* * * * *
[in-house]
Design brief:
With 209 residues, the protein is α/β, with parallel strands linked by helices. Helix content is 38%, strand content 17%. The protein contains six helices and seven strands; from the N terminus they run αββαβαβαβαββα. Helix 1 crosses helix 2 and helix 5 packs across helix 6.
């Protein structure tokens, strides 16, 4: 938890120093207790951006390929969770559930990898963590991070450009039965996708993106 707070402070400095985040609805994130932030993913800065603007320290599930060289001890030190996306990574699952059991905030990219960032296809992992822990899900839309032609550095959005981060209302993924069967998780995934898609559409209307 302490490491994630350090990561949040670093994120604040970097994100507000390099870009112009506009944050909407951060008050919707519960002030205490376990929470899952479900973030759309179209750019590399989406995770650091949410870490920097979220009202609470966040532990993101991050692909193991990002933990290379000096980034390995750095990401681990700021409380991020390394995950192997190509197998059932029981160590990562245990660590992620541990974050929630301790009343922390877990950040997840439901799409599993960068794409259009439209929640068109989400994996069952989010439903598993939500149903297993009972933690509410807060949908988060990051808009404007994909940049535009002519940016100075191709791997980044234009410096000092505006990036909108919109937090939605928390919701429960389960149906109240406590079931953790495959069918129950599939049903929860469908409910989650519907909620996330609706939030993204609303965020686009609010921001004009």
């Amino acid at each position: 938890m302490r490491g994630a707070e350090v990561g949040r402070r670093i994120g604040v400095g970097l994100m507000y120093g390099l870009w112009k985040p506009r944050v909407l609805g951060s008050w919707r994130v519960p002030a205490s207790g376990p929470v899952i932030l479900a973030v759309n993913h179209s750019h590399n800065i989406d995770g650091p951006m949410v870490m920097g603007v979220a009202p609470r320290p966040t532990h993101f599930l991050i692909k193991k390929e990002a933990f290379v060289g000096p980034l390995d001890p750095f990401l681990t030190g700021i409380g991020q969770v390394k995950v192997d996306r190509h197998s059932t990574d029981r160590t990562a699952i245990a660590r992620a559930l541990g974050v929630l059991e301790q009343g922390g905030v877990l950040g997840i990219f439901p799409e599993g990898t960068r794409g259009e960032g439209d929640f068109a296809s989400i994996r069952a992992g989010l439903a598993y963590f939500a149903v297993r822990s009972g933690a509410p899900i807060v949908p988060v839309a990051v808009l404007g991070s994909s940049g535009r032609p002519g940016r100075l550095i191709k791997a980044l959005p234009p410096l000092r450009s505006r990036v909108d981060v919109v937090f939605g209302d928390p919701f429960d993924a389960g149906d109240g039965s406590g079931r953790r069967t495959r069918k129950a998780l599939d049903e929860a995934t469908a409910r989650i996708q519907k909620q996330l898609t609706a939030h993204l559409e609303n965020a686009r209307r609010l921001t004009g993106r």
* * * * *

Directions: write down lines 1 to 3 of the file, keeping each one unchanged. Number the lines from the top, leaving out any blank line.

[in-house]
Design brief:
With 209 residues, the protein is α/β, with parallel strands linked by helices. Helix content is 38%, strand content 17%. The protein contains six helices and seven strands; from the N terminus they run αββαβαβαβαββα. Helix 1 crosses helix 2 and helix 5 packs across helix 6.